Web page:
What is the work of justice? What is the work of love-in-action?
Members of our community are beginning to float these questions. There is a need to act, but also a need to protect ourselves. People are tender right now. Distraught, even. A quarter of eligible voters in the US managed to usher in a new era of American neo-fascism. I would say that’s legitimate cause to be concerned. Our emotional reactions are reasonable.
But inaction is not reasonable. So we’re trying to strike a balance. Many are wondering, where do we begin? Does the church become a political space? We should probably ask ourselves if the Christian Church could ever truly be a-political. We might dodge the subject of electoral politics when it comes up at coffee hour, but are we going to avoid talking about Muslim internment? Perhaps that sounds extreme, but it isn’t. There is a precedent for everything that is happening right now.
This blog is a form of action, but only in so much as it allows me to clarify my ideas and hopefully engage with others in dialogue. The internet is full of words, and some say blogging is an increasingly meaningless platform. They might scoff at the idea that writing is action, or they may call it little more than act of futility.
I reject that notion.
In the face of an ideology that would seek to silence, erase, and disempower voices of dissent, the most important thing to do is to speak. Or for me: to speak, to pray, and then to write it down.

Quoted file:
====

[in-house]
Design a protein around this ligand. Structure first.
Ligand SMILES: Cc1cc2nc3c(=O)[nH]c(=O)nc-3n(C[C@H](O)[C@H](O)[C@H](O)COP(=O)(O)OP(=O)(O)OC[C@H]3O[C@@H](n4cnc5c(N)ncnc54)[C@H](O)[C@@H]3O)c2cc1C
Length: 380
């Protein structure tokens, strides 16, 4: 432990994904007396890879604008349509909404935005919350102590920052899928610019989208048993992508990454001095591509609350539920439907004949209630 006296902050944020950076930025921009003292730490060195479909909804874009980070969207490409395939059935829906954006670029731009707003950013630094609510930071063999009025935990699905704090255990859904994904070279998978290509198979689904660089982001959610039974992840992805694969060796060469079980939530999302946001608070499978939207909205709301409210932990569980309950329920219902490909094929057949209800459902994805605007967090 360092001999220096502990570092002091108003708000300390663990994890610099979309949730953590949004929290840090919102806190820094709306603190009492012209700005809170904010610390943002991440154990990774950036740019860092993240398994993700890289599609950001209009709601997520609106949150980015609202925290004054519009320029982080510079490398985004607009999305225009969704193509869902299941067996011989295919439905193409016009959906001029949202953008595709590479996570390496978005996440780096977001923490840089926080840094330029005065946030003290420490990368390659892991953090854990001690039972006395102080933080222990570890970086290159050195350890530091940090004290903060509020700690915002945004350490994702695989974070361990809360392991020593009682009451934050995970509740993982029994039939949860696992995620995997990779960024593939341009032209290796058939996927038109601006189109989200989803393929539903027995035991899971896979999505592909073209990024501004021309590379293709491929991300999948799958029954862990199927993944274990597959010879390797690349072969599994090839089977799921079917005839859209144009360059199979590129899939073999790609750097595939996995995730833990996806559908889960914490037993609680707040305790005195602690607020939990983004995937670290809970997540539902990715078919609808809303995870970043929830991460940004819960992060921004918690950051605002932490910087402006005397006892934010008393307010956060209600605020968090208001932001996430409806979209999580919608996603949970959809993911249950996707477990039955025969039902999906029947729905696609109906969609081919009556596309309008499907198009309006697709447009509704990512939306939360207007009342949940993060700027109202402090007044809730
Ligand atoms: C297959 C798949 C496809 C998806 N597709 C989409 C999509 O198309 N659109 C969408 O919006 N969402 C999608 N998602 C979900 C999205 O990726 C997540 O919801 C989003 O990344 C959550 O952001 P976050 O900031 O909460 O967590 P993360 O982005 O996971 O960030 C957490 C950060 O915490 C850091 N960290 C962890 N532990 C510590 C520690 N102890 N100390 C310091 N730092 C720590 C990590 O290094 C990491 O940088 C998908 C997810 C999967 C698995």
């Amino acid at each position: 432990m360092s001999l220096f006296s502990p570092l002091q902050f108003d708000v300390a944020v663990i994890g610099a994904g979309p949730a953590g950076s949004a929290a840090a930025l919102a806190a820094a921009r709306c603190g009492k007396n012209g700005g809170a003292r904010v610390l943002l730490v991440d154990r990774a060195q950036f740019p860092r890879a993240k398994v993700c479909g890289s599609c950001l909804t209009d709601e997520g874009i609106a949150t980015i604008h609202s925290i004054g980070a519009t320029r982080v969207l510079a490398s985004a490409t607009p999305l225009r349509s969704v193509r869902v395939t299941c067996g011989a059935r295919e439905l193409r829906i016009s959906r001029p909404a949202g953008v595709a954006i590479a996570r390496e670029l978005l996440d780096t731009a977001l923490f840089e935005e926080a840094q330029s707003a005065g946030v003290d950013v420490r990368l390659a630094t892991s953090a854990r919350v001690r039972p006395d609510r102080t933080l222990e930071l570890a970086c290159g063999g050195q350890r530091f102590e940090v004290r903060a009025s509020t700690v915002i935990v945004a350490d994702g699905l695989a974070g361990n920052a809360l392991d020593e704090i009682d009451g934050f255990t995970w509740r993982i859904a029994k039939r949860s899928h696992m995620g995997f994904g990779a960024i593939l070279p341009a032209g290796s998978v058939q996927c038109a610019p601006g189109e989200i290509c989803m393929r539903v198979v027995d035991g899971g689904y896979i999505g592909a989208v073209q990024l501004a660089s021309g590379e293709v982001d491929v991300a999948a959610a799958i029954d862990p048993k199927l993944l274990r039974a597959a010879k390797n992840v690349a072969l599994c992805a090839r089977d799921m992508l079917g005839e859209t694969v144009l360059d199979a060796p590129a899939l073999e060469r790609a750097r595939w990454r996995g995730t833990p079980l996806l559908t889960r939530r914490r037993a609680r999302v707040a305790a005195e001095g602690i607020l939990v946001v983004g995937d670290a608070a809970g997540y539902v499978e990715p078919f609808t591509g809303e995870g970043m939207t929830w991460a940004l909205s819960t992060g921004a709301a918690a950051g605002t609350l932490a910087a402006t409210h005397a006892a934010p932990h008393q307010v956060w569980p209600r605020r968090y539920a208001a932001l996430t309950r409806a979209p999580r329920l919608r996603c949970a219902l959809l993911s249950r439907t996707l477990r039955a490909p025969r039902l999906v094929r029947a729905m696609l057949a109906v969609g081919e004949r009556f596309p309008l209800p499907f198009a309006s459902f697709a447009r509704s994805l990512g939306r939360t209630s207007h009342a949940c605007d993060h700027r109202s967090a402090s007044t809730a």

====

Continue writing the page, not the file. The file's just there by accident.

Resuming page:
I’ve found myself speaking in unabashedly religious, decidedly Christian terms lately. Sin (read: oppression) and salvation (read: liberation) are on the tip of my tongue in nearly every conversation. My take on these theological terms may rub you the wrong way, and if so I’d encourage you to spend some time with the discomfort. Perhaps God is speaking into that feeling. I stand by my interpretation, though. The entire world looks different once you recognize sin as oppression and oppression as sin. Something breaks open. The Gospel sings anew.
Jesus is said to have freed a man from a spirit that had silenced him (Luke 11). He did so just after he taught his disciples how to pray – how to humbly acknowledge their utter dependence on the providence of God. Jesus told them to knock, to seek, to ask (in short, to use their voices and their bodies) and to be persistent with their actions.
Don’t just knock once on the door of Justice; knock as many times as it takes for that door to be opened. Seek equity in times of peace and in times of conflict, for the powers that seek to perpetuate inequity do not rest. Ask for the wisdom to know how to act, the courage to act when the time comes, and the humility to know that even the outcome of your action is in the hands of God.
But for Jesus’ sake, act.
I write. And I begin to speak more about how Jesus is in all of this. I speak of God’s immediacy, and the movement of the Spirit through our houses of worship. I encourage individual members of my community to respond with a sense of urgency to the coming tyranny, and to be vigilant in their resistance. We must let our strength be in the knowledge and love of God, and we must not grow complacent.
But we need to get our houses in order, friends. We need to clear the path for the movement of Love in our midst.
There is no time. The kingdom of God is at hand.